Wednesday, December 31, 2014

The Citadel Great Spined Dragon

I am usually able to maintain a fairly disciplined approach to my painting projects. For the most part, I finish my projects once I start them- my painting table rarely has unfinished minis sitting around waiting for me to come back to them. If I am trying to tackle something really big, like say my dwarven army, I purposefully break up the project into bite-sized chunks that I intersperse with other projects so that things never get tedious. I have a queue of models that I want to get done, usually planning for whatever the next game is that I plan to play, and it is rare that a new, shiny acquisition gets to jump the queue and get head-of-the-line privileges.

Christmas morning, my family gave me the Citadel Great Spined Dragon by Nick Bibby. The queue was jumped.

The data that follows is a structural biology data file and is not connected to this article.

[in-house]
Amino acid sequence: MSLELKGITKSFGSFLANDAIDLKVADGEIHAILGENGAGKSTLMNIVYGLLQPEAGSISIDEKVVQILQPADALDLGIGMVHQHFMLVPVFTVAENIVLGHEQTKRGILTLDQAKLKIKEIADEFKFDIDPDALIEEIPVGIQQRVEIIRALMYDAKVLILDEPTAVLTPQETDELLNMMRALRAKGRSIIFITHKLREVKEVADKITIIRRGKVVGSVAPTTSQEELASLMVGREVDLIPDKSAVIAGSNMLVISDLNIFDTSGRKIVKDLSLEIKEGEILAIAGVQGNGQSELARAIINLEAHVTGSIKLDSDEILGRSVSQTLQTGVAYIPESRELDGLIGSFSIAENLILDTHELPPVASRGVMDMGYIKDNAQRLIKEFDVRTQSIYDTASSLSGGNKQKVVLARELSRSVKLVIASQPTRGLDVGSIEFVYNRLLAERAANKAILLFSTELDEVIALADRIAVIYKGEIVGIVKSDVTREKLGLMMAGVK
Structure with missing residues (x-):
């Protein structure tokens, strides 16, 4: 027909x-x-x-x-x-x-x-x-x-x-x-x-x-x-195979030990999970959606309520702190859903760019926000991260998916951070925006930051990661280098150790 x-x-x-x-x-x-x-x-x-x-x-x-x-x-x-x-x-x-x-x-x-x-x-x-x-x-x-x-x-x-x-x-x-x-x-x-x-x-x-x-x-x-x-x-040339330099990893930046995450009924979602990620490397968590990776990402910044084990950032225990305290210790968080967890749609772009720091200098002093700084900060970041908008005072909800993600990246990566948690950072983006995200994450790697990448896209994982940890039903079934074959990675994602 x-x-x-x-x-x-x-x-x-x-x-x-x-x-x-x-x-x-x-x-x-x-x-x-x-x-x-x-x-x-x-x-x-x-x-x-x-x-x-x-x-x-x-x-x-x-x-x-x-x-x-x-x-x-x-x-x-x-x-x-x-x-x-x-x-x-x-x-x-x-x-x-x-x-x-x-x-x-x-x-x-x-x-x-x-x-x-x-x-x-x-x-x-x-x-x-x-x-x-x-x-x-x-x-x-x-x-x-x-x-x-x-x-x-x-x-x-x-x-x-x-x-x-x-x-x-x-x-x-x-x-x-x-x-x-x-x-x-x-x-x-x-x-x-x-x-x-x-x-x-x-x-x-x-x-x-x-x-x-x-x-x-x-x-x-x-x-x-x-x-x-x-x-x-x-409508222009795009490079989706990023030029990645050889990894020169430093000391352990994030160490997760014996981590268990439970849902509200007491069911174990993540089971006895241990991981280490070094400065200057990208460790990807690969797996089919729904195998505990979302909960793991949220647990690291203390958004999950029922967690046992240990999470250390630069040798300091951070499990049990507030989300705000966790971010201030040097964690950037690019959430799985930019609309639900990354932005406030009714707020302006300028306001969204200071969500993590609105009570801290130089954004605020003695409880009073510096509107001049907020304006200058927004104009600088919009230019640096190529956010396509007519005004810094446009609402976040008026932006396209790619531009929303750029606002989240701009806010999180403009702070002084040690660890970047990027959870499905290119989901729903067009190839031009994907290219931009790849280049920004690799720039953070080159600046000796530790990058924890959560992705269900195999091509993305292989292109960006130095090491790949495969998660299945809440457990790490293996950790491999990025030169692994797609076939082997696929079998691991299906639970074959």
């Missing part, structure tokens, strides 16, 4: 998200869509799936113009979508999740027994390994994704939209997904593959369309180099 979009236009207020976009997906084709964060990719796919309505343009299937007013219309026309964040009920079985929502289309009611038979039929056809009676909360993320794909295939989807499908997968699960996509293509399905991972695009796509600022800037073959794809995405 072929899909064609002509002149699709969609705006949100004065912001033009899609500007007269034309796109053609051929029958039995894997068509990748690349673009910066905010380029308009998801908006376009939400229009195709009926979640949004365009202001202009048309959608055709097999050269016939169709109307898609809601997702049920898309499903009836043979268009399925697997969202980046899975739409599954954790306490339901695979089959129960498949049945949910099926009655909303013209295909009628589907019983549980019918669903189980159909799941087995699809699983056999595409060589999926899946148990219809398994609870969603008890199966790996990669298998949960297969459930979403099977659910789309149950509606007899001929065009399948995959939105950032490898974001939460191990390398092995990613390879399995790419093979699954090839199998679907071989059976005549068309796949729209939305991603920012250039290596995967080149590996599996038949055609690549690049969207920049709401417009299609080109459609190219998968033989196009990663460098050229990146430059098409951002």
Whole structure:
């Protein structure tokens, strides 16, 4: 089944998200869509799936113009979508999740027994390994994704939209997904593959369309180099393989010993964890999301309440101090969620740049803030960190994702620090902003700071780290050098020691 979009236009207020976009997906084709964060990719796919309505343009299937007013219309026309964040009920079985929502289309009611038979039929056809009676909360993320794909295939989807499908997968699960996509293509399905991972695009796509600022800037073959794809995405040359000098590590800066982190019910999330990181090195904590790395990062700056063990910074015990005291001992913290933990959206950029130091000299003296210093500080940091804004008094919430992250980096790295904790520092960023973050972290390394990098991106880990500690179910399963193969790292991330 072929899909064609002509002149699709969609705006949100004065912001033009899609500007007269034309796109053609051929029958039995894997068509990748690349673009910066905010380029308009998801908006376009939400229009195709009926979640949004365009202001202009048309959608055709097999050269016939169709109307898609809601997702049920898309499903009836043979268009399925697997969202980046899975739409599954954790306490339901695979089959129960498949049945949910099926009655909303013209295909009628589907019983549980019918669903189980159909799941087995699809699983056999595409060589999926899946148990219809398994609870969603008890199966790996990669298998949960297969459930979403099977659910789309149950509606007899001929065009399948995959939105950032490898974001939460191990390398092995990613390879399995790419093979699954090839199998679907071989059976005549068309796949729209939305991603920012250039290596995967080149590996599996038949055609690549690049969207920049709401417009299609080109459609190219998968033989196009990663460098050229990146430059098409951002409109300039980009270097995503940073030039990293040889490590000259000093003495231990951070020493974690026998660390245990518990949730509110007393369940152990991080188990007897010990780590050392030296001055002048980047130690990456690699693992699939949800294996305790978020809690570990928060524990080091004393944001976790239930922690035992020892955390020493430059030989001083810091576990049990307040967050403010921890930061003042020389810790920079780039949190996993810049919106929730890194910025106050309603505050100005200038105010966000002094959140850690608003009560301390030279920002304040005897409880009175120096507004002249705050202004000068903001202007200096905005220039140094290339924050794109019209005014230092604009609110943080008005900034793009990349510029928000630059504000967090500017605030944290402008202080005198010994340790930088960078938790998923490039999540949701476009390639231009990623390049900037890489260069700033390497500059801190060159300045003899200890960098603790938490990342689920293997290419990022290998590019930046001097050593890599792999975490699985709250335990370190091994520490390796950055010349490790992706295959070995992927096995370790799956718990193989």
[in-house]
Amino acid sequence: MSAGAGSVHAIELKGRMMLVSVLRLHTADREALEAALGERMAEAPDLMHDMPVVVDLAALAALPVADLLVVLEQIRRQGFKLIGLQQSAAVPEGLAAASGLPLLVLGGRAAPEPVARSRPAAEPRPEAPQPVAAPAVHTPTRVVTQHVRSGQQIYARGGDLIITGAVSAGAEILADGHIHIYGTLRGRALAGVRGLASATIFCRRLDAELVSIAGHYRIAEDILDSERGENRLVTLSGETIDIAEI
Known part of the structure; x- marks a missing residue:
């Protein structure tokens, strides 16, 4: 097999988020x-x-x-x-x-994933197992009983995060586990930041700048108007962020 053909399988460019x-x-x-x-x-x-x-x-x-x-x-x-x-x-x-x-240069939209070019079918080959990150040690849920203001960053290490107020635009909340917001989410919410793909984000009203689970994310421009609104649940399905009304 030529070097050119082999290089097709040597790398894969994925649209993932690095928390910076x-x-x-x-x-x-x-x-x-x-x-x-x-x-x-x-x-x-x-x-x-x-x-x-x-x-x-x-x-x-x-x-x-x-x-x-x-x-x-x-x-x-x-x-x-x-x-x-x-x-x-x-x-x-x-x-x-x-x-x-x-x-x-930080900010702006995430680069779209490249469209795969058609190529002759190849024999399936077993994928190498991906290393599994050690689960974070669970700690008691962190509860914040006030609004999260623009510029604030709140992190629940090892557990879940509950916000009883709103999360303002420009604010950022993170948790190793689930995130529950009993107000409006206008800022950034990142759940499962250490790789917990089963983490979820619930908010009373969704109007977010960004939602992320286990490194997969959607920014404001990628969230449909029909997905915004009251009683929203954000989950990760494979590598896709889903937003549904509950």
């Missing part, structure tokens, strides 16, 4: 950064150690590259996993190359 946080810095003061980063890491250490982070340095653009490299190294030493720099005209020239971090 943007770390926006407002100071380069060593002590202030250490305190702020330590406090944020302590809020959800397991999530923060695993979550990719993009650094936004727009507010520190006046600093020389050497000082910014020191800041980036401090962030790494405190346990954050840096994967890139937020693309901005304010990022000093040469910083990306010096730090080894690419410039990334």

I am still having a hard time believing that this is my dragon
I've mentioned before how much I've wanted this model- for years now, among the first things I looked at nearly every morning was my permanent "Spined Dragon" eBay search. Until last week, I had never even seen one in the flesh. I could tell by the pictures of it on the 'net that it was Mr. Bibby's fantasy masterpiece (he has, of course, gone on to considerable fame sculpting real animals, alas). Others have said it countless times before, but the sculpt really has to be examined up close to appreciate just how amazing the musculature and skin textures are rendered.

Wifey was nice enough to donate a few sheets of heavily textured stationery from an old diary to use for the wings. They took a full day's work to cut out, attach, and detail, but I am very happy with their realism.
I debated putting the holes in the wings for a while, but the examples online convinced me they were necessary
Here's how the model looked when I opened the package:

Thanks much,